Norwell one of 16 venues for the World Radiosport Team Championship – news – Norwell Mariner



The World Radio Sport Team Championship brings together the best amateur – or amateur – radio operators from around the world to see who can contact the most stations in a 24-hour period.

Sixteen New England communities, including the Norwell section of Wompatuck State Park, have been selected as operating sites for the world’s first amateur radio competition, which takes place July 9-14.

The World Radio Sport Team Championship brings together the best amateur – or amateur – radio operators from around the world to see who can contact the most stations in a 24-hour period.

New England were able to beat Bulgaria as host of the competition in part because July marks the 100th anniversary of the American Radio Relay League, according to Randy Thompson, who has attended five WRTC events and is in charge of marketing communications for WRTC 2014.

“This whole concept started in the United States in 1990 and then spread to every other country,” Thompson said. “Considering the anniversary of the ARRL, we thought it was the perfect time to bring the competition back to the United States.”

The first two competitions were held in Seattle and San Francisco in 1990 and 1996, respectively. Since then, Slovenia, Finland, Brazil and Russia have hosted the event.

Once New England was named as the host for 2014, organizers took on the challenge of finding suitable operating venues for the 59 two-member teams participating in the event. Each site should be on level ground, according to Thompson.

“It’s a big plus to be on top of a hill or near the ocean, and a big minus to be in the valley,” he said.

Organizers eventually found 65 sites, one for each team plus six spare, in public parks, protected lands, schools and even an airport. The sites range geographically from Hollis, NH to the Myles Standish State Forest, which straddles the Carver-Plymouth border, according to the event’s website. Eight of the operating sites are located in Wompatuck State Park.

“We found various places off the trail that we could reach that were out of the way but still met the requirements to be level,” said Thompson.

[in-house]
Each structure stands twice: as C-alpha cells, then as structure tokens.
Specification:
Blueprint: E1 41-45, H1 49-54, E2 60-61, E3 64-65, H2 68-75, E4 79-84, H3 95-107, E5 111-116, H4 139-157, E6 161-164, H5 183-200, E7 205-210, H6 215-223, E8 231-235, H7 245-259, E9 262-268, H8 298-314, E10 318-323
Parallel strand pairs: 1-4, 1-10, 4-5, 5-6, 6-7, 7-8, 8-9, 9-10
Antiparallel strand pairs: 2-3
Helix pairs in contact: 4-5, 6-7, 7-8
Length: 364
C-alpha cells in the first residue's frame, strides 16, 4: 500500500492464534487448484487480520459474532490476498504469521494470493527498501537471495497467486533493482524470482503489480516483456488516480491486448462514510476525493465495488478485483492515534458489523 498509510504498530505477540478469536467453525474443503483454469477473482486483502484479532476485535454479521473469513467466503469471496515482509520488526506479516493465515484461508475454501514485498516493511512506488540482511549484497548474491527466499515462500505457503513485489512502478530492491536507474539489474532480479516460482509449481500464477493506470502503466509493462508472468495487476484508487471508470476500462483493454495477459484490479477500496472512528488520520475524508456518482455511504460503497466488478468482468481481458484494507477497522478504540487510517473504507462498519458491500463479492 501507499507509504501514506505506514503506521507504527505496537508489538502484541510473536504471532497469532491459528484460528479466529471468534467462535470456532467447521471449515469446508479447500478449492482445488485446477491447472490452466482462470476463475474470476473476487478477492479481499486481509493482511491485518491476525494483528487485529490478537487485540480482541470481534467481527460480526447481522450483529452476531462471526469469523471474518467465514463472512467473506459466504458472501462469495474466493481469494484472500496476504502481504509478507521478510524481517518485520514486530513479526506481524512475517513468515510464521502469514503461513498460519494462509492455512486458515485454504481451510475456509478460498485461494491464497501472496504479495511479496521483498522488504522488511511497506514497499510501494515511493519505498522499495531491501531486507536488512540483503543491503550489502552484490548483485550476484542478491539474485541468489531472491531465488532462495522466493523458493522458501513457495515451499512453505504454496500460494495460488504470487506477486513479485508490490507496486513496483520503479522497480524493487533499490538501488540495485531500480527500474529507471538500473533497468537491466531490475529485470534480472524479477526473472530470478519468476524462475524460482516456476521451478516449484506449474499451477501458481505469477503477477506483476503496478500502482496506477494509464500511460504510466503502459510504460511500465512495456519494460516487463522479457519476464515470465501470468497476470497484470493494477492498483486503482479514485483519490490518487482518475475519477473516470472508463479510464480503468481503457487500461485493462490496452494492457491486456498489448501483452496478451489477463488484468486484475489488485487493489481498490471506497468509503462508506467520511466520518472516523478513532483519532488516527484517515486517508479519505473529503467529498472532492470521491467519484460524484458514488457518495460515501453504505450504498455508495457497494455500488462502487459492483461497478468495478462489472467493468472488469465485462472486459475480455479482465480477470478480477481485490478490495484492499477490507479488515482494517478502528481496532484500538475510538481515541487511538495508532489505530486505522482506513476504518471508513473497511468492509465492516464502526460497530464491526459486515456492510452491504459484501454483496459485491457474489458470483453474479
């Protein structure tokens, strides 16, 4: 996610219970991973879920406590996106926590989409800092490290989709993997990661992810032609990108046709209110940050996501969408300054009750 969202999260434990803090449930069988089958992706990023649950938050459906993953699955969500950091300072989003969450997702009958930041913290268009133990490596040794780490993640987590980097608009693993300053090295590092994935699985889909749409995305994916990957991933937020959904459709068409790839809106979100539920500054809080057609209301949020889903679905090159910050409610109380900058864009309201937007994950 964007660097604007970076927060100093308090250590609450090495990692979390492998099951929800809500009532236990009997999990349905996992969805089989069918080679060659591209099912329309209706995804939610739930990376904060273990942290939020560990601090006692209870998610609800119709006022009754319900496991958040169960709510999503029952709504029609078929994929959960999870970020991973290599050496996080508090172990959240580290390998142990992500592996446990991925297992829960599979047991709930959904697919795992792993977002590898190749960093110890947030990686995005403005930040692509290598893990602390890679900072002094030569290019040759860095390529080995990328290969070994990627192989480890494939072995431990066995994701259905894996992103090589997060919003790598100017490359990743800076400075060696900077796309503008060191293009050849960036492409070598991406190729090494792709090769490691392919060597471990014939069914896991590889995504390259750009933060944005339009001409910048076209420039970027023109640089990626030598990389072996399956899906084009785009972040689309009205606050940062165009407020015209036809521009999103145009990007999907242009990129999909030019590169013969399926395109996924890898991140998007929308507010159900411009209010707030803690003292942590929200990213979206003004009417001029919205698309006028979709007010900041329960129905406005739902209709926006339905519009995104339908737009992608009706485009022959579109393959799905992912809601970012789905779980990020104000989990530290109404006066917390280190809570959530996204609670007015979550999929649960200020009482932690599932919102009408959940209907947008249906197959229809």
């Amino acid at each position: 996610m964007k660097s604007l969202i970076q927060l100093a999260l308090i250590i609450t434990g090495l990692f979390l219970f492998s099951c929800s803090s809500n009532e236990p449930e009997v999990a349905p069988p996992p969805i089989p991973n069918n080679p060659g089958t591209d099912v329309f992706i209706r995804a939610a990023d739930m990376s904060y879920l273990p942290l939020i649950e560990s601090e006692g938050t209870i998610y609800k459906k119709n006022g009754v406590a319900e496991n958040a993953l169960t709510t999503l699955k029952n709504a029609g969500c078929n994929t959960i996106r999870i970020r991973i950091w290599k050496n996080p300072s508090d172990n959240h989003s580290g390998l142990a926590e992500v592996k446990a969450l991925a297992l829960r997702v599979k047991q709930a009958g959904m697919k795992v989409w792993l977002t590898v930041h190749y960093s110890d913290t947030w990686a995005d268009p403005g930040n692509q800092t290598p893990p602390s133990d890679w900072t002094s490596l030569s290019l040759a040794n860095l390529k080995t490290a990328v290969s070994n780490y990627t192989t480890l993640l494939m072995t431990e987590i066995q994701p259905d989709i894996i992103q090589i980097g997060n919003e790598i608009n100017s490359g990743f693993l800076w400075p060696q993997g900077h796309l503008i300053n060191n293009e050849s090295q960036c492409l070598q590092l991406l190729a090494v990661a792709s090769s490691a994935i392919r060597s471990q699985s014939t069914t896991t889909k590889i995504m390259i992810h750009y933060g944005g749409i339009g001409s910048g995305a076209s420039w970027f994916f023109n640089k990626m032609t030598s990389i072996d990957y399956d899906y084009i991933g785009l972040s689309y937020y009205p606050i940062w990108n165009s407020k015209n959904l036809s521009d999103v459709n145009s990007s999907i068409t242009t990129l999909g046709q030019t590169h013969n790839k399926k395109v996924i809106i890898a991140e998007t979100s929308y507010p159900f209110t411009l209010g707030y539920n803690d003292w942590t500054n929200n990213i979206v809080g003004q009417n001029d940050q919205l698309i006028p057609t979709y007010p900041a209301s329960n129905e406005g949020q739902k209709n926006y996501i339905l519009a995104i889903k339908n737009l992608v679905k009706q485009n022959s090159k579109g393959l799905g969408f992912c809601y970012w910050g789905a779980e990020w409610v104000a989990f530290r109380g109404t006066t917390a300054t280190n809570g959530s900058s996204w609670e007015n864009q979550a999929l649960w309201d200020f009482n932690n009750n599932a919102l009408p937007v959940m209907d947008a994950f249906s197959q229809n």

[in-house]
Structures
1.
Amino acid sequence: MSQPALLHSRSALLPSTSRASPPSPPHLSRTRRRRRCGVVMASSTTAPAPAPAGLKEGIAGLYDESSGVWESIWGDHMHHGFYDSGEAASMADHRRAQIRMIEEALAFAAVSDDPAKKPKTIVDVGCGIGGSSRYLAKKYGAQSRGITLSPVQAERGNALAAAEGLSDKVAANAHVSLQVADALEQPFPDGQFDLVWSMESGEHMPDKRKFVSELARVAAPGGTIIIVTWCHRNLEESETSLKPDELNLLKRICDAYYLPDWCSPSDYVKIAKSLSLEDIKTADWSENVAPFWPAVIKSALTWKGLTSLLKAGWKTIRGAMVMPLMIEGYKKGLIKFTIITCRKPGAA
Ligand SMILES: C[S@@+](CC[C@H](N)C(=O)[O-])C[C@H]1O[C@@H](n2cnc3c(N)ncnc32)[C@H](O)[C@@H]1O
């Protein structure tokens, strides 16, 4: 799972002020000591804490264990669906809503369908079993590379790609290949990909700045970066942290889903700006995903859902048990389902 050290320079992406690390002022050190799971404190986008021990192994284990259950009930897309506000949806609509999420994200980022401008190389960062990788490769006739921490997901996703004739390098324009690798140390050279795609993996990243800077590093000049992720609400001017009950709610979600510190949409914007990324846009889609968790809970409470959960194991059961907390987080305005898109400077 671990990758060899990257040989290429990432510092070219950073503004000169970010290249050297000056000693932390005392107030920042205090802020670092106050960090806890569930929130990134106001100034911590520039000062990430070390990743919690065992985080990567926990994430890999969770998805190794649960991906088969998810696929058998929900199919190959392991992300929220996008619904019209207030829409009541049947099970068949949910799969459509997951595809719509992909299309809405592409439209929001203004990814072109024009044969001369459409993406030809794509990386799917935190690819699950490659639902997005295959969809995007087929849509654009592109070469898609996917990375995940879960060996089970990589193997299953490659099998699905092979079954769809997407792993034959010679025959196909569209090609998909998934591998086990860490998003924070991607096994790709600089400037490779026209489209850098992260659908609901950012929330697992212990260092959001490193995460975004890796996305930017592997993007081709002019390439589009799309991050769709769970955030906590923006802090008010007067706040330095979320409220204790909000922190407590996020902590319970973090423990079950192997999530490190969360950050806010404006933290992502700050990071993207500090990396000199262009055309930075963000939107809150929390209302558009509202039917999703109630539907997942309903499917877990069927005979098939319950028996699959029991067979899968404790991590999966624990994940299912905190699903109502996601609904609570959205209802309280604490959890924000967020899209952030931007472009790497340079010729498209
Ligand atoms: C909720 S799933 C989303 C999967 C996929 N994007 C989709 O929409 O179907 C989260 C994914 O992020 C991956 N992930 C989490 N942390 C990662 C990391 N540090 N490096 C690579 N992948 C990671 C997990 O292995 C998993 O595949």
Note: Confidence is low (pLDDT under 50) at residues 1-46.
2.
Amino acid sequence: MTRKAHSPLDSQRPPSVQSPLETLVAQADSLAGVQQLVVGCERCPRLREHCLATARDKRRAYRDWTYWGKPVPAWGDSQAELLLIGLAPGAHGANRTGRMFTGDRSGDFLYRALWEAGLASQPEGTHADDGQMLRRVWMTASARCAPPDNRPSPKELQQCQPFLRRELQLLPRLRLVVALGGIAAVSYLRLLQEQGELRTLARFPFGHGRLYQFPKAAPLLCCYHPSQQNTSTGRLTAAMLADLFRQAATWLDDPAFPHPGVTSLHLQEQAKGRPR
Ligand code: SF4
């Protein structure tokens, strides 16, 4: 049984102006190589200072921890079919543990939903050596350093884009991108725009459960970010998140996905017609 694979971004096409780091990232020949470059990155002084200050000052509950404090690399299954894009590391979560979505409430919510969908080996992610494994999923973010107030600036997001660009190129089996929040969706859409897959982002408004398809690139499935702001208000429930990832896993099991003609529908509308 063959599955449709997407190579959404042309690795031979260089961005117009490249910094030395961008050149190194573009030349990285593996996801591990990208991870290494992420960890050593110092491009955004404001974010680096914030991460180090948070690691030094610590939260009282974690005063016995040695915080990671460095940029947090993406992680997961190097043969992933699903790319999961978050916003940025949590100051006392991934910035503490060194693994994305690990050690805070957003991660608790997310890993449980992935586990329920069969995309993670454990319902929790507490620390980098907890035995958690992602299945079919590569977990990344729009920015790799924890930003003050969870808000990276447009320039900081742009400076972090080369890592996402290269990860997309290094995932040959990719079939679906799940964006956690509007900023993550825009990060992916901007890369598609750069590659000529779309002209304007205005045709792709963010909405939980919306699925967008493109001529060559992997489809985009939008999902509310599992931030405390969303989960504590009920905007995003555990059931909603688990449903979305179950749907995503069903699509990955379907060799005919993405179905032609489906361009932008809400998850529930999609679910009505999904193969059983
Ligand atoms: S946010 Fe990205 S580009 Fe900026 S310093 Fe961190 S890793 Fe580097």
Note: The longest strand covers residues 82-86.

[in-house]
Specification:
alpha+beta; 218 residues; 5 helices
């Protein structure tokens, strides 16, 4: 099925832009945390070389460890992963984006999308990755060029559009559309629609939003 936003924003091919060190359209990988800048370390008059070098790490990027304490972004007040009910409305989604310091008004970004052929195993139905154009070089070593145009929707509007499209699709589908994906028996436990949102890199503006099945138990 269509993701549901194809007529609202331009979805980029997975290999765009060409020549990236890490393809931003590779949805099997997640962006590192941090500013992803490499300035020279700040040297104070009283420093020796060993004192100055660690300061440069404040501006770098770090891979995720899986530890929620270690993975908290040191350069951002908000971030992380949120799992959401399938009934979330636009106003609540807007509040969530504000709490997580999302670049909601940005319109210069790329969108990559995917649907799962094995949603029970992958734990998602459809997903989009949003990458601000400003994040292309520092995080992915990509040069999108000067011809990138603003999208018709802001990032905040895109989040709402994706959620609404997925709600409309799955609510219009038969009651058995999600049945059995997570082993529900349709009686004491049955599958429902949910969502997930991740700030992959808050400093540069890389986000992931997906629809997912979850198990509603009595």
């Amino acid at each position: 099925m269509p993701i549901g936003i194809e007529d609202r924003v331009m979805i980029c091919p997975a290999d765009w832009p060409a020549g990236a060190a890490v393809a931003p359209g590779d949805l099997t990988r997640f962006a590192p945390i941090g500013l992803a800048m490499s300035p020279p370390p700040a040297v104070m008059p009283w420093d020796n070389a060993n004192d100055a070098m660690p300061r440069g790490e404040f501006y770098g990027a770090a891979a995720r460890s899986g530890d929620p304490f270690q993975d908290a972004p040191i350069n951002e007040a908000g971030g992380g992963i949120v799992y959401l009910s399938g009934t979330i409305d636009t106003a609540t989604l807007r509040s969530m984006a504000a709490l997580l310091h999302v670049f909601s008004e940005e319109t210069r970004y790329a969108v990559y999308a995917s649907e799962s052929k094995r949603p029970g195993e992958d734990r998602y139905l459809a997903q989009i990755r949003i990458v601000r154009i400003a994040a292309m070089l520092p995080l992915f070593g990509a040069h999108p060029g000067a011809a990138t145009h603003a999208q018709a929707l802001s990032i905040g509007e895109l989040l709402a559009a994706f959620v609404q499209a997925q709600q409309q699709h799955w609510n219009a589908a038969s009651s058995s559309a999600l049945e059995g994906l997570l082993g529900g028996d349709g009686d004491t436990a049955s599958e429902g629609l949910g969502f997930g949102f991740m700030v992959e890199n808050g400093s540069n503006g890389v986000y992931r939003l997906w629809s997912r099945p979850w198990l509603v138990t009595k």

Amateur radio competitions take place almost every weekend, according to Thompson.

“But in these competitions we all compete at home,” he said. “We can compare our scores to other operators in our area, but we don’t know where they were installed, if they were near an ocean or on a hill.

The WRTC removes all of these variables and brings the best competitors together in one place.

“This competition allows operators to find out how they really stack up against people from other parts of the world,” said Thompson. “This is the big stage, the Amateur Radio Olympics.”

Teams from 31 countries have qualified for the WRTC after a series of 55 qualifying events over a three-year period. Scores are calculated based on the number of countries contacted. Each station has a point value, so it’s best to contact stations further away from the host country. The top teams are expected to contact around 100 countries over a 24-hour period this year.

Although the WRTC is a competition, it also functions as a gathering place for amateur radio operators around the world.

“The social part is almost as important as the competition,” said Thompson. “On amateur radio, we talk to people all over the world all the time, but WRTC allows us to meet. It’s a big deal to win and brag, but it’s also fun to meet everyone.

More than 450 volunteers will arrive on Wednesday July 9 to set up the sites for the competition which will take place from 8 a.m. on Saturday June 12 to 8 a.m. on Sunday June 13.

“The volunteers set up and monitor the sites,” said Thompson. “We really need them.

Between volunteers, competitors, referees and other guests, Thompson expects around 700 people to come to the event.

“Unfortunately, it’s not really a spectator sport,” he said. “It’s not very exciting to watch two guys sitting in a tent for 24 hours straight.”

It takes a lot of practice, time and understanding to be a good amateur radio operator.

“You have to deal with language and cultural barriers, weather and time of day issues,” said Thompson. “It’s fascinating because it’s never the same. Like fishing, you never know what you’re going to catch. You never know who you are going to come into contact with.

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